FDIC hires Newmark Group to sell billions of Signature Bank debt - source

March 29 (Reuters) - The Federal Deposit Insurance Corp (FDIC) has hired Newmark Group Inc (NMRK.O) to sell about $60 billion of failed lender Signature Bank's loans, a person familiar with the matter told Reuters on Wednesday.

The U.S. banking industry has been reeling from the fallout of recent failures, with regulators seeking to reassure customers their deposits were safe and that the American banking system remained healthy.

Regional bank stocks have been battered as investors stayed away from the sector amid doubts over whether the U.S. Federal Reserve would hold off on its plans to aggressively hike interest rates, which have been blamed for eroding book value of securities and sparking the biggest banking crisis since 2008.

The commercial property market is likely to see a ripple effect from the sale of a loan book this large, at a time when property values are already being squeezed, according to a report in the Wall Street Journal, which first reported the news.

FDIC declined to comment while Newmark Group did not immediately respond to a Reuters request for comment on the matter.

Earlier this month, state regulators closed New York-based Signature Bank, making it the third largest failure in U.S. banking history.

On March 19, a subsidiary of New York Community Bancorp (NYCB.N) entered into an agreement with U.S. regulators to buy deposits and loans from Signature Bank.

The subsidiary, Flagstar Bank, assumed substantially all of Signature Bank's deposits, some of its loan portfolios and all 40 of its branches.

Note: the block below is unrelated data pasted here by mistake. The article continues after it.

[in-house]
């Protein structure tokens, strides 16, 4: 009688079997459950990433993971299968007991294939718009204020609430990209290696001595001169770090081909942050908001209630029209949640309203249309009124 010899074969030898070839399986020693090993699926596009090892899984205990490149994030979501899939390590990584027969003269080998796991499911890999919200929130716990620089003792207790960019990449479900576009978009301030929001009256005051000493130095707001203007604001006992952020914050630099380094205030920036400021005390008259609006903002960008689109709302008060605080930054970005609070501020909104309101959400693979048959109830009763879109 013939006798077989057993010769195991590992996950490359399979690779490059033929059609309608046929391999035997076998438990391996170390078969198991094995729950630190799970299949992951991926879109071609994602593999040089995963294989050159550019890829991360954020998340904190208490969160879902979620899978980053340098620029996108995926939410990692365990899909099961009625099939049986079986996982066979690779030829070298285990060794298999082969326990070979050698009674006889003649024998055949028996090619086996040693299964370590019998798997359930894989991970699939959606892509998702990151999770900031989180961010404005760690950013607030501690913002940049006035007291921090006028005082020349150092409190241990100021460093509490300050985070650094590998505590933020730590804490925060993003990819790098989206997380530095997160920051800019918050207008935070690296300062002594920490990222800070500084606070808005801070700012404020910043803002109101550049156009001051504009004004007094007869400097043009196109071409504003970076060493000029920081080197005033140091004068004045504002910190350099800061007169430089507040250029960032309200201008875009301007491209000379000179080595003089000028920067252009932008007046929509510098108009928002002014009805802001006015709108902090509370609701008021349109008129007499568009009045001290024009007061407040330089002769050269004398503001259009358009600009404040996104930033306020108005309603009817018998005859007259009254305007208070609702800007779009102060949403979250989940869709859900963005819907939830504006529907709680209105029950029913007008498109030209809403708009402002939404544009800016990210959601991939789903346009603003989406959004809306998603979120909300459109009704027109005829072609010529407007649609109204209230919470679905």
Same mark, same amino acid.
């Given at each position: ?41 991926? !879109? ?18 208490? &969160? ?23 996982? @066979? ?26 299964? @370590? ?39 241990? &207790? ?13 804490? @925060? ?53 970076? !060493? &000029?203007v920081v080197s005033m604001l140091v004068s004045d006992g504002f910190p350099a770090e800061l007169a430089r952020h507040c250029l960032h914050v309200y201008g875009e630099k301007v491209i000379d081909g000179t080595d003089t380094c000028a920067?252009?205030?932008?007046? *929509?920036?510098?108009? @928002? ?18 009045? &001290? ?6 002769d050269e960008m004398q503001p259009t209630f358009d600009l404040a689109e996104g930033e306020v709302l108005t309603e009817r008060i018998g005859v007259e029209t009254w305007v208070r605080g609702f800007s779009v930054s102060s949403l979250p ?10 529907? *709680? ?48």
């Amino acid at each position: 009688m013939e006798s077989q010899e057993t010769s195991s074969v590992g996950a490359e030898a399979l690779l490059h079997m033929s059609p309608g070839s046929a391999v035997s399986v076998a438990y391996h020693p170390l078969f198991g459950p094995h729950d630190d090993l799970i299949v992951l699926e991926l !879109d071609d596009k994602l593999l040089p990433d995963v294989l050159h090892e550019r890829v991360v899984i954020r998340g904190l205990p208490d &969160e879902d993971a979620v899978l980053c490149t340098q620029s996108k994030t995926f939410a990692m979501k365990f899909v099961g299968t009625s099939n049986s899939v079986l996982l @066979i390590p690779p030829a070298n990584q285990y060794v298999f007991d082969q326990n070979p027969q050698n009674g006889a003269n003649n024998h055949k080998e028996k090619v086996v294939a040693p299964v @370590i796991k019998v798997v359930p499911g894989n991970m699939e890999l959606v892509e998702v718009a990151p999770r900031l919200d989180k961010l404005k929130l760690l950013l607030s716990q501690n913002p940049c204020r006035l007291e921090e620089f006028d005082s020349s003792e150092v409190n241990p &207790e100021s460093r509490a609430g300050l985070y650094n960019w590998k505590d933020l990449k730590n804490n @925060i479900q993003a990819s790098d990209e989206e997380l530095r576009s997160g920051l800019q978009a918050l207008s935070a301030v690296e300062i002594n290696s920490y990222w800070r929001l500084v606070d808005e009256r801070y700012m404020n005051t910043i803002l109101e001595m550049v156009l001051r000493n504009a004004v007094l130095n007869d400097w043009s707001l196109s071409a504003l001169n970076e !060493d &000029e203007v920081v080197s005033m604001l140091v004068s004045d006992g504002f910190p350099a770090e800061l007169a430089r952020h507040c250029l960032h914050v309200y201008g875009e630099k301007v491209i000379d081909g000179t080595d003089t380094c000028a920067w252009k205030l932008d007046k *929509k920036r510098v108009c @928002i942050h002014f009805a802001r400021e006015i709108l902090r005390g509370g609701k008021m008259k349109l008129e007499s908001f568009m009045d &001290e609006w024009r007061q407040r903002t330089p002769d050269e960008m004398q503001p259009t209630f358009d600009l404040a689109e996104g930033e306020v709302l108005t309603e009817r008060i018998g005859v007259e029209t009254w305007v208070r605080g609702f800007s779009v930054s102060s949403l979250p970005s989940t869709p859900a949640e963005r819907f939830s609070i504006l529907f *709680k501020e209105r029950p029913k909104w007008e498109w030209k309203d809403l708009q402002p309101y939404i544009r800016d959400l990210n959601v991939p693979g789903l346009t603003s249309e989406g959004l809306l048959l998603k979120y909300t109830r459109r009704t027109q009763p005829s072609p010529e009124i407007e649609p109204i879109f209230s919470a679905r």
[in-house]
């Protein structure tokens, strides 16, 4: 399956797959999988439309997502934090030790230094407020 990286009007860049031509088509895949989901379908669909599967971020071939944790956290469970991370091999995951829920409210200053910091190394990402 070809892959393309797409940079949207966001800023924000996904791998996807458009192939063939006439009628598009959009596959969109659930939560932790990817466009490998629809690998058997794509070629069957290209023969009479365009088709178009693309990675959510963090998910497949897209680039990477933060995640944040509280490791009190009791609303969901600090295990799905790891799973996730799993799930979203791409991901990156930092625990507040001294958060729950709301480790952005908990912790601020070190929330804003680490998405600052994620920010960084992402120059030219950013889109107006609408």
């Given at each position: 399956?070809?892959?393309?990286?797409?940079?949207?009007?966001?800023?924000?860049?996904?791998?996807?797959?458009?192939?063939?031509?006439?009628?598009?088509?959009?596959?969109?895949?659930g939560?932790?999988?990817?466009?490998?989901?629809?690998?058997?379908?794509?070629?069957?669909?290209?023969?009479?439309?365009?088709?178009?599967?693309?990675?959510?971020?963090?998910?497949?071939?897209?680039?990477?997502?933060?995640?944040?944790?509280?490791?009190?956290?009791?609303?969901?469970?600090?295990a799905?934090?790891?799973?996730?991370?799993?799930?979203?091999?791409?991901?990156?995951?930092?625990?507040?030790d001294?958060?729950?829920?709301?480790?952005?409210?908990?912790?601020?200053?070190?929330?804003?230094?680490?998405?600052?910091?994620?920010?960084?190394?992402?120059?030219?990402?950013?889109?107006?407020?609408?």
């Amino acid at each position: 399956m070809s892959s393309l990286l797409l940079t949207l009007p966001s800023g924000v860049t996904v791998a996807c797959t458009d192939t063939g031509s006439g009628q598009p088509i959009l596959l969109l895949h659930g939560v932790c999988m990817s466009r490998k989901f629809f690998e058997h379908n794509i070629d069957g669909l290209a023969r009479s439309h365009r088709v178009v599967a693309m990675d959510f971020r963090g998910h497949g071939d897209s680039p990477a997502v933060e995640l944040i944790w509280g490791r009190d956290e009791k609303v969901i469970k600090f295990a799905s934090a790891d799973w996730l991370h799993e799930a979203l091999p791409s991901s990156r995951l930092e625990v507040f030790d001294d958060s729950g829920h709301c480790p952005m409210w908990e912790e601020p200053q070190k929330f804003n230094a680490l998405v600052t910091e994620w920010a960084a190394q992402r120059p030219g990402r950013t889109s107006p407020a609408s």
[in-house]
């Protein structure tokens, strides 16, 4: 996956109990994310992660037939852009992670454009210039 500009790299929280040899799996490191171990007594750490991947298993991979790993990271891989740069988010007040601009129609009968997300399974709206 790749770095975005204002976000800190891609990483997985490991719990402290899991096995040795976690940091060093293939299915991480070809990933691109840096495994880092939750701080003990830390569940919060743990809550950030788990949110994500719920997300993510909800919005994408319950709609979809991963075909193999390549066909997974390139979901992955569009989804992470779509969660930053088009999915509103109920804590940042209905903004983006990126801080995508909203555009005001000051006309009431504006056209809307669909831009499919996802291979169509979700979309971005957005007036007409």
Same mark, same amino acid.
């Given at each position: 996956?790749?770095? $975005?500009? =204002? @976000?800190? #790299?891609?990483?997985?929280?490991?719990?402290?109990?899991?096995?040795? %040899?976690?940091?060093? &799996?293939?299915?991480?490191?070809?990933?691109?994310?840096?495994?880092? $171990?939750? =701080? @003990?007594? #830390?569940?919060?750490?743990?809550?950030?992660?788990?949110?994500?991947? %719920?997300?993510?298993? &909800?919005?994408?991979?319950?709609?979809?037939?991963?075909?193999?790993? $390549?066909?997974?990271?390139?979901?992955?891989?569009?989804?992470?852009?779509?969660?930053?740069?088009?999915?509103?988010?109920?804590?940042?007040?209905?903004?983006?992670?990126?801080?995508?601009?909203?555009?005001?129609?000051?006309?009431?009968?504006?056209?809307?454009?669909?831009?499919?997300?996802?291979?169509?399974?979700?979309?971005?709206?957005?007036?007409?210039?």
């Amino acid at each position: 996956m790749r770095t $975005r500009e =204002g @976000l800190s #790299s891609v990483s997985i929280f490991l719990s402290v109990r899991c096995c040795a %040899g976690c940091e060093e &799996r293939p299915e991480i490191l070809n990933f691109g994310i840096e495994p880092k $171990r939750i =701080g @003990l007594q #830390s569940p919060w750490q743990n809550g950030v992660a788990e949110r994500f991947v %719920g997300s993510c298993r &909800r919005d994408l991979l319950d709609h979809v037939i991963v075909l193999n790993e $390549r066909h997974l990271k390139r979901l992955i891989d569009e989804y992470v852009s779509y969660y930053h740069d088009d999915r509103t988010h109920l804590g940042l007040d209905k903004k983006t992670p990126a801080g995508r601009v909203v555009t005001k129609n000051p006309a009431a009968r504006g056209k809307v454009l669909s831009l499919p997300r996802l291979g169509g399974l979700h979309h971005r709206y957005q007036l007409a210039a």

On Tuesday, FDIC told Signature Bank's crypto clients they have until April 5 to close their accounts and move their money. The deposits in question were not part of a rescue deal arranged with Flagstar Bank. New York's financial regulator had said earlier in March its decision to close Signature Bank had "nothing to do with crypto."

Reporting by Manya Saini in Bengaluru; Editing by Krishna Chandra Eluri

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Thomson Reuters

Manya Saini reports on prominent publicly listed U.S. financial firms including Wall Street’s biggest banks, card companies, asset managers and fintechs. Also covers late-stage venture capital funding, initial public offerings on U.S. exchanges alongside news and regulatory developments in the cryptocurrency industry. Her work usually appears in the finance, markets, business and future of money sections of the website. Contact: 9958867986